I recently read Medicinal Cannibalism in Early Modern English Literature and Culture by Louis Noble (published by Palgrave Macmillan in 2011). Noble’s excellent text sheds light on something that has previously caught my attention in Crooke’s book: the intriguing (and sometimes bizarre) relationship between the body and food in the early modern period. Specifically, the chapter “Medicine, Cannibalism, and Revenge Justice: Titus Andronicus” put me in mind of two particular things I first noted when I got the chance to examine the 1615 copy of Mikrokosmographia held in the John Martin Rare Book Room at the Hardin Library for the Health Sciences at the University of Iowa.
1. The illustration Crooke provides of “the Kidnies” and “the vesselles of the Kidneyes” looks startlingly like food – and not just a kidney bean. I see a bunch of frisée lettuce and apples:
2. Crooke’s discussion of the female breast and its role in feeding the infant appears in Book Three, “Of the Parts belonging to Nutrition or Nourishment” — among the stomach, intestines, kidneys, gall bladder, liver, spleen, etc. — rather than Book Four, “Of the naturall parts belonging to Generation,” where I would expect to find it. Although I haven’t fully explored the idea yet, to me this represents a particularly male view of the female body. Even if we accept its infant-feeding capabilities as the primary role of the female breast, the female might see her own breast as something that enables reproduction as her ability to nourish her offspring ensures the child’s viability. The male, however, sees the breast as something that fed and nourished him, and therefore categorizes it with the parts of the body involved in ingestion and digestion.
Furthermore, Noble points out a detail that is not only interesting but incredibly important to my understanding to the culture of anatomy surrounding the production of Crooke’s book, something I had previously missed. Noble writes:
Until 1632, dissections were performed in the kitchen of the Barber-Surgeons’ Hall; however, this transgressed in a rather troubling way the proper function of the kitchen, particularly given the tradition that a special dinner was enjoyed after each anatomical demonstration. In 1632, an urgent demand was made for a special anatomy theater to rectify the situation . . . (54)
When I first read this, my initial reaction was, “Surely, that can’t be right!” I had imagined Mikrokosmographia used in the anatomy theater from its first publication in 1615. I returned to Kate Cregan’s article “Blood and Circuses,” the best source on the Barber-Surgeon’s Anatomy Theater I had handy. Citing The Annals of the Barber Surgeons of London (Sidney Young, 1890), Cregan reports:
At their incorporation in 1540, Henry VIII granted the Barber-Surgeons of London a perpetual right to the bodies of four executed felons per annum, to be used at their discretion, as anatomical subjects . . . . Initially regular public anatomies were held in the common hall of the company, with temporary scaffolding erected for the accommodation of the crowd of spectators (Young 315). . . . The temporary scaffold structure was superseded by a purpose-built Anatomy Theater, designed by Inigo Jones and built between 1636 and 1638. (42-43)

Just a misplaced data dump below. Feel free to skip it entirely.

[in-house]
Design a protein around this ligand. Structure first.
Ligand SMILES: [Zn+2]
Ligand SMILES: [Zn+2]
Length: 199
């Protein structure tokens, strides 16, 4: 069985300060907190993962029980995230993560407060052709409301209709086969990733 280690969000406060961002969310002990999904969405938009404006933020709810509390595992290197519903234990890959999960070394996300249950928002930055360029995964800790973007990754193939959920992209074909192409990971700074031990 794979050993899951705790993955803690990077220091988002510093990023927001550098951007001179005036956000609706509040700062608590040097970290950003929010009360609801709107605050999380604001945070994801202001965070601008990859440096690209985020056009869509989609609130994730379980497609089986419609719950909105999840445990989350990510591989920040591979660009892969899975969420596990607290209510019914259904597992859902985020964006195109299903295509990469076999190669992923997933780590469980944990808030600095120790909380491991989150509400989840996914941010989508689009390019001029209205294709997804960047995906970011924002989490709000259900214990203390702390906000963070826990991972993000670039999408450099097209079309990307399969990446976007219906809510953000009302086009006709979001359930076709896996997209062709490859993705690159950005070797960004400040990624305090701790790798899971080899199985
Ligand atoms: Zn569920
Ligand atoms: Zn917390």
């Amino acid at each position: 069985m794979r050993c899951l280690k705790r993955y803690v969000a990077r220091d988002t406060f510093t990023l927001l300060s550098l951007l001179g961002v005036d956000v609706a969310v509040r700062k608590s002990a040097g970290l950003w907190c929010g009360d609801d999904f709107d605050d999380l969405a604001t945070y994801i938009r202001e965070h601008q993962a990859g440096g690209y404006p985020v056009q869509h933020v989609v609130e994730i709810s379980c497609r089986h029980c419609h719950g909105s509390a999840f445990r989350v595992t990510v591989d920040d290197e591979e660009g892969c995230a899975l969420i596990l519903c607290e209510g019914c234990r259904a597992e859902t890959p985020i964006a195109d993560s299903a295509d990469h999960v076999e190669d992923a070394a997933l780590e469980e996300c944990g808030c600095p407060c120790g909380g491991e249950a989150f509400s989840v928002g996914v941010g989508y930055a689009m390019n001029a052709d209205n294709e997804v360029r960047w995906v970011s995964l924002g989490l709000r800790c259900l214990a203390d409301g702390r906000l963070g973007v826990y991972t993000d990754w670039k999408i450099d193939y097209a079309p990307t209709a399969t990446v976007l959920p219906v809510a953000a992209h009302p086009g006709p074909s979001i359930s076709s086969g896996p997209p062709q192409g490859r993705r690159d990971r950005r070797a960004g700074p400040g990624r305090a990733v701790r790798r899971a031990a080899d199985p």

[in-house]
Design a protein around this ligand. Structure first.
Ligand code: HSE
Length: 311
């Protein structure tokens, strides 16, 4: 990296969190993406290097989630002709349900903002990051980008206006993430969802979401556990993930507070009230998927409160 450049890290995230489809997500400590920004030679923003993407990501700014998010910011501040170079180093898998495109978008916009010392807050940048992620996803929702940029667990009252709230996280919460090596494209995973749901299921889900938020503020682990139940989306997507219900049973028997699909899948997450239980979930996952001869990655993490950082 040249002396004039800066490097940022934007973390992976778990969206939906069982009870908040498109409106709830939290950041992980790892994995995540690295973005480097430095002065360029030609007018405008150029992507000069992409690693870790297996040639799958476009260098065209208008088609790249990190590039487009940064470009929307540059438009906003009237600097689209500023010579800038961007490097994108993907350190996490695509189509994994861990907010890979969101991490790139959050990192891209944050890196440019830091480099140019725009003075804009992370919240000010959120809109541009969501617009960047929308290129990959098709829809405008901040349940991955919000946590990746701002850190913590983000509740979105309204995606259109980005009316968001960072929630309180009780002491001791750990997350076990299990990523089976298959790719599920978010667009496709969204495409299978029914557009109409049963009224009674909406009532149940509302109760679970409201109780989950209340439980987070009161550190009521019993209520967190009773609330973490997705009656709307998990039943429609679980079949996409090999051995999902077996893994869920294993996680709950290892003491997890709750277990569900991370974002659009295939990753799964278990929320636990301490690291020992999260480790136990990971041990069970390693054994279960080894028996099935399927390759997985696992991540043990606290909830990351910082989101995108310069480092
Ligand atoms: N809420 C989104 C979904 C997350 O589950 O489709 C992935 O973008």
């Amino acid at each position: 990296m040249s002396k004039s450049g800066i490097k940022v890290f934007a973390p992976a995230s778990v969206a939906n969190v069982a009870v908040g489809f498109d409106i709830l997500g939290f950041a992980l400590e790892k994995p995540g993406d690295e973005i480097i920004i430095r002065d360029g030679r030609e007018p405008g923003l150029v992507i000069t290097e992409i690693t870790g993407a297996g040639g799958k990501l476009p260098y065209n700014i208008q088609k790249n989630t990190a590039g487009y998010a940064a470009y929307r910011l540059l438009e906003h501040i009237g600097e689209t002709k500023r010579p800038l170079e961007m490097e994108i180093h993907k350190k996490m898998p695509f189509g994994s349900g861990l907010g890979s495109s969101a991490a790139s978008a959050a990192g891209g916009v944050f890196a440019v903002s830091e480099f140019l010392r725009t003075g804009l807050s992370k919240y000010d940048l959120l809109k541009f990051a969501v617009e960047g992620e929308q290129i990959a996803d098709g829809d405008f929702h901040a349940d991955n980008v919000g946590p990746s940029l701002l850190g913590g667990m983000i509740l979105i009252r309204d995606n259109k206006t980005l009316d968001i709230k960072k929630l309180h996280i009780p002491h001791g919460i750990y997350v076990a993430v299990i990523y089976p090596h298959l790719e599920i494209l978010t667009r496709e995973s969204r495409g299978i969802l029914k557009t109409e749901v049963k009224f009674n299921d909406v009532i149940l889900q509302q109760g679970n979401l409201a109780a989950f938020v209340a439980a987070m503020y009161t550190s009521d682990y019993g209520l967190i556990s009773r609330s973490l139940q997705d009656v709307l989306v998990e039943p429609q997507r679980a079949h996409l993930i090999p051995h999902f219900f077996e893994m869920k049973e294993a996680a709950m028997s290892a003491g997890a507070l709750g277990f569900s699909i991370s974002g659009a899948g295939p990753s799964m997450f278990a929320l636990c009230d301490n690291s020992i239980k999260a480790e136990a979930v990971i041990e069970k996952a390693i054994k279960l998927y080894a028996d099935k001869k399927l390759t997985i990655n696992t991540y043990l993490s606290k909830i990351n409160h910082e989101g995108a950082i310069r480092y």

Noble also cites Young with a description of the kitchen anatomies:
. . . hitherto those bodies have beene a greate annoyance to the tables dresser boardes and utensills in our upper Kitchin by reason of the blood filth and entrailes of those Anathomyes and for the better accomodateing of those anatomicall affaries and preserveing the Kitchin to its owne proper use. (54)
Cregan provides a rather less provocative description from Young that describes the early temporary scaffolding structure without mention of the kitchen:
1st February, 1568. Also yt ys ordayned and agreed by this Courte That there shalbe buyldyngs don and made aboute the hall for Seates for the Companye that cometh unto every publyque anathomy, ffor by cawse that every prsone comyng to se the same maye have good prspect over the same and that one sholde not cover the syght thereof on frome another as here fore the Company have much cõplayned on the same. . . . And also ther shalbe pyllers and Rods of Iron made to beare and drawe Courteynes upon & aboute the frame where wthin the Anathomy doth lye and is wrought upon, for bycawse that no prsone or prsones shall beholde the desections or incysyngs of the body, but that all maye be made cleane and covered wth fayer clothes untyll the Docter shall com and take his place to reade and declare upon the partes desected. (Young 315, in Cregan 42-43)
This explains why William Jaggard’s smaller epitome of Crooke’s text was necessary even in 1616, when it first appeared; whatever the size of the room, it seems many members of the company had difficulties seeing the anatomy subject during the procedure. Of course, this could have been due to overcrowding in a small space, rather than the problematic distance of the further seating in the proper anatomy theater once it was built. I do not have a clear concept of what would be defined as a “kitchen” in this time period, or of the layout of the original Barber-Surgeons’ hall. I do not think I would go so far as to call this a “discrepancy” between Noble and Cregan, as Cregan’s “common hall” may be inclusive of or synonymous with Noble’s “kitchen,” but I am interested in pursuing further details about the original situation.
As a side note, I want to mention that there won’t be a post next week – next Friday is the date of my move to Iowa, and I’ve been too busy with packing and wrapping up the class I’m teaching to get ahead on blog posts. Although this summer I haven’t been as consistent as I would have liked, my ultimate intention is to regularly post at least once weekly, although my yet-unknown fall schedule will determine what day of the week that will be.